PixelDisplay Claims Advantages over QDs

By Chris Chinnock
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PixelDisplay is a company that debuted at last year’s SID conference with a method to create narrow band RGB light for wide color gamut HDR displays. They showed a demo of an LED with the special VividColor materials that was said to have achieved 97.8% of the BT.2020 color gamut. Such very wide color gamut displays remain of interest, said PixelDisplay CTO David Wyatt at CES 2018, but the company is now more focused on solving wide color challenges in the mobile and PC monitor segments. (although Ken wasn’t impressed PixelDisplay: Old Wine in a New Bottle)

In the SID demo, PixelDisplay showed a solid state LED light source with RGB primaries at 467, 532 and 630 nm and Full Width Half Maximum (FWHM) values of 10nm for each primary. This produces 97.8% coverage of BT.2020. But for the TV market, the goal is simply DCI-P3 – there is no big push to achieve 2020 as there is no content mastered to this gamut, yet (even though they are in a container with 2020 coefficients).

Wyatt explained that for the mobile market where HDR is being implemented, there is a tradeoff between wider color gamut and light efficiency (and battery life). For a 10” WQXGA resolution HDR tablet, the panel backlight can consume 67% of the power budget. If a 20% improvement in the backlight efficiency can be achieved, that can lead to an increase of 1 hour in battery life or a 15% reduction in battery size and cost.

As a result, Wyatt proposes a new formulation of materials that will widen the spectral width of the RGB primaries leading to better efficiency with an increase in perceptual brightness. The Mobile HDR Premium specification from the UHD Alliance requires the device to achieve >90% of the DCI-P3 color gamut. Smartphones and tablets much achieve 540 cd/m² and laptop have to get to 600 cd/m².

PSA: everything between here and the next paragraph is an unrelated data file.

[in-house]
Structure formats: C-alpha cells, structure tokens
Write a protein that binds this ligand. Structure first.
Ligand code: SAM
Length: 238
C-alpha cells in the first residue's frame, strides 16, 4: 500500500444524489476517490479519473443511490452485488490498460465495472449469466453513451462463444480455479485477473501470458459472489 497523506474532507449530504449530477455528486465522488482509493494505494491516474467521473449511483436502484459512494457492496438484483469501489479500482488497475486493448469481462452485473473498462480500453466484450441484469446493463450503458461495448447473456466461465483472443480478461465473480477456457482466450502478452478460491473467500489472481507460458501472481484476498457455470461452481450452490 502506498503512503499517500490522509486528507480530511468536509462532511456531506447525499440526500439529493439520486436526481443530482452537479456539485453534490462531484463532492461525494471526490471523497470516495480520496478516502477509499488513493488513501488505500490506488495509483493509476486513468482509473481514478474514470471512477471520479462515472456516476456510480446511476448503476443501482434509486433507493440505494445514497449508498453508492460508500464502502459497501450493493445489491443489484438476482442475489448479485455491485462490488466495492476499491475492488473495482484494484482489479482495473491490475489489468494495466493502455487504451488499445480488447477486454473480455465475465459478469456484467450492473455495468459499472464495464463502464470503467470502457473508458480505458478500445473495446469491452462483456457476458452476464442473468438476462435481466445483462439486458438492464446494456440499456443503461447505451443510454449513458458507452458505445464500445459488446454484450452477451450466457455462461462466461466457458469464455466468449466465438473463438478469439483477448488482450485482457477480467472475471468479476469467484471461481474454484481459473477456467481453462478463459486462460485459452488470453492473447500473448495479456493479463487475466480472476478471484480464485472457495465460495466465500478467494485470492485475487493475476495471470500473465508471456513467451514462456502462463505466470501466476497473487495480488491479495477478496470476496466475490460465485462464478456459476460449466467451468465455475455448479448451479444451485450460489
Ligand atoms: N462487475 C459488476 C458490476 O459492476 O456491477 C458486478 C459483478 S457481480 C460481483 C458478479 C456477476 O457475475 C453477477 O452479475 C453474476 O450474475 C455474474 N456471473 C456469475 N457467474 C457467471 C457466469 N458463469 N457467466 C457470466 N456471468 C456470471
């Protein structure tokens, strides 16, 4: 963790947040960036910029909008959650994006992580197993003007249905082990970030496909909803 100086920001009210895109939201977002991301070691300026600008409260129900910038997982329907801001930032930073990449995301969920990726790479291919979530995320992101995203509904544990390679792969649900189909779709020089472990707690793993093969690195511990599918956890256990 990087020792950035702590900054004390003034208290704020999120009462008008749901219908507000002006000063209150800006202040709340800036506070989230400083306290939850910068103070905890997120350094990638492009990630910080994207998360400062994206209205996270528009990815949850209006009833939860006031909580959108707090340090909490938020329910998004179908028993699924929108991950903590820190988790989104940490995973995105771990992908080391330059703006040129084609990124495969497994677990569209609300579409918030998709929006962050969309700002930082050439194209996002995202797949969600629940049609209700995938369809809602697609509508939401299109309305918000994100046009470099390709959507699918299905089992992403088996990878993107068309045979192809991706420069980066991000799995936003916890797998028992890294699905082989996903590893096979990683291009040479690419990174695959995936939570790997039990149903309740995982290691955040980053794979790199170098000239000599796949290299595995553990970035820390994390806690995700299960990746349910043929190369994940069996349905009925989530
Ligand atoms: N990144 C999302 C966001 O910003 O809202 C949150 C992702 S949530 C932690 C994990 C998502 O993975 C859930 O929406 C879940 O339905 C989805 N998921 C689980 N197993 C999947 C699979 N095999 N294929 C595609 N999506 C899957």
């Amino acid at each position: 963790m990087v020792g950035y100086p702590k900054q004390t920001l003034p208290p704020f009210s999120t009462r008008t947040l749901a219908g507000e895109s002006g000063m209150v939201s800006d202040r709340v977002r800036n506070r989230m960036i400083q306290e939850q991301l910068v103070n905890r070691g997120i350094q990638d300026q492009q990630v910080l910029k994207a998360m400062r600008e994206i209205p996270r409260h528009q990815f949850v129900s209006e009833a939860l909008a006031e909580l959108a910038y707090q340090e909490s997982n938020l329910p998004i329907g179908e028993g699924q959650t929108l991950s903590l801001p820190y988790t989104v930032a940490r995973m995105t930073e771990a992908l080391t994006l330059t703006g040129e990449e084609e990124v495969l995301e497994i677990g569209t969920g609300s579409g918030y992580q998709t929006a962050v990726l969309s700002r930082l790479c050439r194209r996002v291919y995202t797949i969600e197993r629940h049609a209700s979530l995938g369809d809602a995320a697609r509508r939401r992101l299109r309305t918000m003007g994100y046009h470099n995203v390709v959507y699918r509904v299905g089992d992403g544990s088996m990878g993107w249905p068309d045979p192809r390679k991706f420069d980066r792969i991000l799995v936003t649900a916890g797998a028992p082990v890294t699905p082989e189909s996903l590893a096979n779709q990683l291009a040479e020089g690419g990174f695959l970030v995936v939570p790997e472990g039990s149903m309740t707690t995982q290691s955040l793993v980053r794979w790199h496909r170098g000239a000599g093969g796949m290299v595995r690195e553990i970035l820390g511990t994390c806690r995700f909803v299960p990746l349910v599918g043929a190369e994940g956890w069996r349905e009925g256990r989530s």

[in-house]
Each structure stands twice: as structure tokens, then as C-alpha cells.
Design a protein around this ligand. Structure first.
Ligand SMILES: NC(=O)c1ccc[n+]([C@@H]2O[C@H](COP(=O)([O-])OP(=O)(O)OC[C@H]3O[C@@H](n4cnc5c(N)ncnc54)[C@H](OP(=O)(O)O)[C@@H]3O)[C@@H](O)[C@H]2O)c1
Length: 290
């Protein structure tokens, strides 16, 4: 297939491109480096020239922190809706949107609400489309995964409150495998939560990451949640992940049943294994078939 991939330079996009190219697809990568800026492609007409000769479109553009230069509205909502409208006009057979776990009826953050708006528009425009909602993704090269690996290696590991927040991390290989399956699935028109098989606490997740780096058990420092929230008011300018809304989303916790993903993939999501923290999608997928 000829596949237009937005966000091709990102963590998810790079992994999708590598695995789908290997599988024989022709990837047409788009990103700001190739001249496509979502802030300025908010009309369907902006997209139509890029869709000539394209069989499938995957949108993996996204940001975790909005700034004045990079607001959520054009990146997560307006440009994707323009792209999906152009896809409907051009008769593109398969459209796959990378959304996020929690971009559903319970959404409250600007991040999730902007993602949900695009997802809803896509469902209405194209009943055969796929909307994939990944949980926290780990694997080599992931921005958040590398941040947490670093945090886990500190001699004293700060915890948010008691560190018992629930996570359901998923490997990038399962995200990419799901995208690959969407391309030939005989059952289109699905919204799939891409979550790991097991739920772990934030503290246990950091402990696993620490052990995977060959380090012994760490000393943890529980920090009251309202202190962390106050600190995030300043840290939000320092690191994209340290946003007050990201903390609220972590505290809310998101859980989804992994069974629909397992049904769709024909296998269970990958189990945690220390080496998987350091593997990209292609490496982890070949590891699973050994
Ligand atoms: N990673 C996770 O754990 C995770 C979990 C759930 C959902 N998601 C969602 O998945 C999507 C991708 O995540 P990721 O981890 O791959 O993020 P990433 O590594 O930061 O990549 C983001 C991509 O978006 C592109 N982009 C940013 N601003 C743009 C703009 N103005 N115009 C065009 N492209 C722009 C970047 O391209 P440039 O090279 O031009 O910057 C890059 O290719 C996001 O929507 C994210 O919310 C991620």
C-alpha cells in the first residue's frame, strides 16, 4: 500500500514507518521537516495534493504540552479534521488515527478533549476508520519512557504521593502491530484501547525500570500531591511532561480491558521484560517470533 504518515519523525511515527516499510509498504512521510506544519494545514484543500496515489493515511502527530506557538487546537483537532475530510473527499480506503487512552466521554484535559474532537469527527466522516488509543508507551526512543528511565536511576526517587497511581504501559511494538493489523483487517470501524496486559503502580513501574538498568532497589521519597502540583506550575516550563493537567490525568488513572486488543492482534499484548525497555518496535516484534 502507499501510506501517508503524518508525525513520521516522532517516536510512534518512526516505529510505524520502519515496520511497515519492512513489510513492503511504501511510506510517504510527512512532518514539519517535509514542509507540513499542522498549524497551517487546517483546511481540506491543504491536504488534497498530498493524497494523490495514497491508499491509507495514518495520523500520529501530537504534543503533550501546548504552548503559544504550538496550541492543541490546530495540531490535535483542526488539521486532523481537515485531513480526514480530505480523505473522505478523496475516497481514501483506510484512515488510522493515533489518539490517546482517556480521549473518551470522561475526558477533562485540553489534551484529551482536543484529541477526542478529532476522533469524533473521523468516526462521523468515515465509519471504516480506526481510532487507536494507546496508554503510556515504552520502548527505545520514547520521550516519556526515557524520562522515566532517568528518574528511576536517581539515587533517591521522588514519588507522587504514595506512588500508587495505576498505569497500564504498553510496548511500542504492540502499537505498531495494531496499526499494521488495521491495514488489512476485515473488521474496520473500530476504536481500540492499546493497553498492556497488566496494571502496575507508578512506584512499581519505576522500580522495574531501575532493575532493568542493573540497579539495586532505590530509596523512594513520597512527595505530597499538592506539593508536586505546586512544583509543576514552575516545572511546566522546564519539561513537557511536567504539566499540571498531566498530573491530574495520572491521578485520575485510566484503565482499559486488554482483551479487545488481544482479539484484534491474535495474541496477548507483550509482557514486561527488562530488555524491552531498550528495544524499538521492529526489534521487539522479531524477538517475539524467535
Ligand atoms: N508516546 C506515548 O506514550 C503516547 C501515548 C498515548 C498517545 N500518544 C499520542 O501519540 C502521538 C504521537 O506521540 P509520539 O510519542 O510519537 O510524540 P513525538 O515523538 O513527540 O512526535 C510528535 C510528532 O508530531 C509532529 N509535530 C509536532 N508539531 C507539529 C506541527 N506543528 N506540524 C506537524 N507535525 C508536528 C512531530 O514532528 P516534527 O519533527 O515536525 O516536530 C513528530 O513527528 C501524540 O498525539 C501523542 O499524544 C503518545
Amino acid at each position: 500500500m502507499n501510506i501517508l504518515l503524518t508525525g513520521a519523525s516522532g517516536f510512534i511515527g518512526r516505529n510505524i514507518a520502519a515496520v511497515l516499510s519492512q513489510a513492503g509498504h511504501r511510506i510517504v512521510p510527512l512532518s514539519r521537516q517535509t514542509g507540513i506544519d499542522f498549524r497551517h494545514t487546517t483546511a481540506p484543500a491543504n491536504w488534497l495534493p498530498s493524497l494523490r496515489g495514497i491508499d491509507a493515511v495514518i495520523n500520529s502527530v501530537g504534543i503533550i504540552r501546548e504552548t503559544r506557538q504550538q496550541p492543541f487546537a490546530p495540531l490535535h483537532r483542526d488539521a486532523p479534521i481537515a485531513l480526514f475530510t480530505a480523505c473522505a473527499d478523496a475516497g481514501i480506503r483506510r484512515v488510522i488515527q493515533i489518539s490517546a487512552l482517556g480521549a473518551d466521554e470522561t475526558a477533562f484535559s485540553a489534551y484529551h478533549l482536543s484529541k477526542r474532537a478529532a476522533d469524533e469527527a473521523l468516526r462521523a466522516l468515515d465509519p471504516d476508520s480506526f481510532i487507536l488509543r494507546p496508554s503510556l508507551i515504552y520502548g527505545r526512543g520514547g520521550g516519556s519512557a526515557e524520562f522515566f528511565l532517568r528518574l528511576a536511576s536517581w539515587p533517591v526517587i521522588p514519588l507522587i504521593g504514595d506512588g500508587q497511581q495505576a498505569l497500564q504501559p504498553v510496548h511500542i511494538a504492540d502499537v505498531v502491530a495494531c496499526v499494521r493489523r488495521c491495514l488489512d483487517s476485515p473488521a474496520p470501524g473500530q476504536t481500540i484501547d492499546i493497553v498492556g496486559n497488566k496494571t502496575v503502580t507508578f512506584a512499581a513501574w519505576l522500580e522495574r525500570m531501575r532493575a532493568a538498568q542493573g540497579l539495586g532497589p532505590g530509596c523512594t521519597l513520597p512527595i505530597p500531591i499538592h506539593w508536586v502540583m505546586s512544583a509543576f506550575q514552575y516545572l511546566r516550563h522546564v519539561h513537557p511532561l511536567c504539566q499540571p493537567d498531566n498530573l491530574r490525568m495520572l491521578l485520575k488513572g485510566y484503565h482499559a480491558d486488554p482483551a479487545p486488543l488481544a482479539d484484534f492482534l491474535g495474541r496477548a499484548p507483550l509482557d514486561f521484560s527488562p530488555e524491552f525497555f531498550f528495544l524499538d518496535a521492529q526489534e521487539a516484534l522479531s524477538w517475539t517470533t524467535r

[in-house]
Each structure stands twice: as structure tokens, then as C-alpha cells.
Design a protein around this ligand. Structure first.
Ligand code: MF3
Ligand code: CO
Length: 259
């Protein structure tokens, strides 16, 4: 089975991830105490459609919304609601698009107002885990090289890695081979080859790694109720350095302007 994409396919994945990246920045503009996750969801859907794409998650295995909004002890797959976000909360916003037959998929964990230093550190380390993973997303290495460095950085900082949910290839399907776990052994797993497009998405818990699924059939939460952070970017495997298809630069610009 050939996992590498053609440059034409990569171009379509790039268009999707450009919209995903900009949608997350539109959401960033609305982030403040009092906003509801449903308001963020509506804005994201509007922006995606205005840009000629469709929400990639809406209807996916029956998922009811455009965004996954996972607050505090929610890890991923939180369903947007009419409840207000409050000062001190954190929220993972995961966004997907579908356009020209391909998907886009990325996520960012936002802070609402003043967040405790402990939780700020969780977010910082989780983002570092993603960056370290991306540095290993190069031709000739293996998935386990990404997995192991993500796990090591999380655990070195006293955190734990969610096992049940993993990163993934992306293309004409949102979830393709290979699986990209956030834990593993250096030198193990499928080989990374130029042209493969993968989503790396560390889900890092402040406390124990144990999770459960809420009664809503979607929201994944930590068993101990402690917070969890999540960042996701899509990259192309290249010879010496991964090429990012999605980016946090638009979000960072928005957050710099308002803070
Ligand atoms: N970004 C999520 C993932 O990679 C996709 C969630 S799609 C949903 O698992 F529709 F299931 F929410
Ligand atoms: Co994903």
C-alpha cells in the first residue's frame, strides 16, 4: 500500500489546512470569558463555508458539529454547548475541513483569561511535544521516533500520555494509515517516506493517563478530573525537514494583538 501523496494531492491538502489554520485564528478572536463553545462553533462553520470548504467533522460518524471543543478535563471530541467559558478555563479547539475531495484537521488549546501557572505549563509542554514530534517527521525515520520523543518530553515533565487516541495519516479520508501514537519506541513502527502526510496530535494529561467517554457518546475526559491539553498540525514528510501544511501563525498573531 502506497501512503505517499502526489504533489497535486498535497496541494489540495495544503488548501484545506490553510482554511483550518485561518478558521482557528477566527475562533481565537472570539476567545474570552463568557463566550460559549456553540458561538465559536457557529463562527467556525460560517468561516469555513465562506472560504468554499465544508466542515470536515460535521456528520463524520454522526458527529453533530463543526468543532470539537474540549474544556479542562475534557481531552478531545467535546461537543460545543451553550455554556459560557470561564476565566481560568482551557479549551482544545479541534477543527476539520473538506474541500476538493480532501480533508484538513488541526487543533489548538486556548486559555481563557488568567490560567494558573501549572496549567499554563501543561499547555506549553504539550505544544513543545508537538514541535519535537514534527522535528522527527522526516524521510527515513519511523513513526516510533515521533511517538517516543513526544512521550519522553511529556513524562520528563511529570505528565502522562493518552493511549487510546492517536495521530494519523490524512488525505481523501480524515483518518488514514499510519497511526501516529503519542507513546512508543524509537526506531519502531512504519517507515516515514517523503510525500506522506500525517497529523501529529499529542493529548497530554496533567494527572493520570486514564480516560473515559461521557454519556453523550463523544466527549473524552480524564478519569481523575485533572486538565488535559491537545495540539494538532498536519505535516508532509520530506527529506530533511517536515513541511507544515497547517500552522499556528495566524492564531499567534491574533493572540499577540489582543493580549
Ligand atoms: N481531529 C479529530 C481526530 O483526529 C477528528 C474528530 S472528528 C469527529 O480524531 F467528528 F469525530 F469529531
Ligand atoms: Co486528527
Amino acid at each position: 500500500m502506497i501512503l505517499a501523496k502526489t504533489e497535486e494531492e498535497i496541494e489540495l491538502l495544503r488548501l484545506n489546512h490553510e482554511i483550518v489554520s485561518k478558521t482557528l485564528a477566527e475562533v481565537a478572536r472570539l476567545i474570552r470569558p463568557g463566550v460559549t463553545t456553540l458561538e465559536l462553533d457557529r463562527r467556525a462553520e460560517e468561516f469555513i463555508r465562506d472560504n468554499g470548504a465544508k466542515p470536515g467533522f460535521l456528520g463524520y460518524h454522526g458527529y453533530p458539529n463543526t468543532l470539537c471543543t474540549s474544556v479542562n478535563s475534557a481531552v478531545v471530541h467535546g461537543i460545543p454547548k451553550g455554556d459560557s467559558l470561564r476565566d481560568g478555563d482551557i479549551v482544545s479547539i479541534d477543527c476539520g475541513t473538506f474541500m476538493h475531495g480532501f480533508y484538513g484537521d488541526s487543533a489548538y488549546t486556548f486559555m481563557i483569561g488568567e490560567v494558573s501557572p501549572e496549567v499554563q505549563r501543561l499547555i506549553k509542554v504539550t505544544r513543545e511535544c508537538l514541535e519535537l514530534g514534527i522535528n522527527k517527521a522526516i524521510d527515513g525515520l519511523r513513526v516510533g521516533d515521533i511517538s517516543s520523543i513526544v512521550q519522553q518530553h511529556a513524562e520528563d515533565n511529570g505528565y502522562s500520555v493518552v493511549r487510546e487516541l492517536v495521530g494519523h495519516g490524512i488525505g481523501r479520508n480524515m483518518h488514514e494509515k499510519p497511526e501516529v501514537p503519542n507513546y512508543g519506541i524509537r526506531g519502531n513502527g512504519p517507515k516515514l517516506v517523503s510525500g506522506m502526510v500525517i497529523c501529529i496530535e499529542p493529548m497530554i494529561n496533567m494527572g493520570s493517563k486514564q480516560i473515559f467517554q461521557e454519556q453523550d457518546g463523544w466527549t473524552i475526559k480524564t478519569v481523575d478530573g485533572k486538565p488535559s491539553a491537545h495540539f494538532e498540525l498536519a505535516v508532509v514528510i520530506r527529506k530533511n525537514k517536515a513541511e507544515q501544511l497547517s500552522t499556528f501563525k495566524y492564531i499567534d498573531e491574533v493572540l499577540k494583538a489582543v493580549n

Wyatt says quantum dots can meet this need but they are too expensive and the QD sheets are too thick. Nichia’s high gamut LED, which use a blue LED plus SiAlON and KSF phosphors, can achieve 96% of the P3 color gamut. However, Wyatt points out that KFS has a slow relaxation time, which means it will continue to glow red in 1D and 2D zone-based backlight designs. The zones can be modulated quite rapidly in response to the content, which can lead to red shifts.

Consequently, PixelDisplay has proposed two new formulations. VividColor 72R UHD work with the color filter 72 design and offers 98% coverage of P3. This design uses 450, 540 and 625nm as the primaries with FWHM values of 20, 50 and 50 nm. Wyatt stressed that these are phosphors that do not have long quenching times, so can be used in 1D and 2D zone backlight designs with no color shifts.

The second design lowers the color gamut coverage to 92% of P3 but allows for an increase in brightness of 2.3 to 1.5X. This is called Vivid Color 65R mUHD.

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In its hotel suite at CES 2018, Wyatt demonstrated the 65R mUHD formulation and compared it to a traditional white LED using a YAG phosphor (79.9% of P3) and a quantum dot-based display (94.9% of P3). Wyatt noted that there was a loss of yellow with the white YAG but the Vivid Color display was close to the QD one. It was claimed to deliver this performance with either less power or more luminance, but Wyatt did not disclose these values for comparison.

Wyatt then turned to how their materials can be used for color conversion in microLED applications. Their materials can be used in either mass transfer or monolithic fabrication methods. In both cases, the base layer is blue/UV LEDs. If close packed, then a monolithic approach is best, or if pixels are more separated in space, then a mass transfer approach is used. Above each is a RGB patterned layer that matches the pitch of the underlying blue/UV emitters. The company is apparently working on methods to do this by direct depositing on the die, wafer deposition or a roll-to-roll process.

Wyatt also envisions using their materials to create a Vivid Color backlight using an array of blue LEDs covered with a conversion layer. This would eliminate the light guide plate allowing a FALD design, with color gamut coverage of the customer’s choosing.

Just to be sure he explained all the possibilities, Wyatt noted that they could even aim for a six primary display solution with coverage that was 120% of BT.2020.

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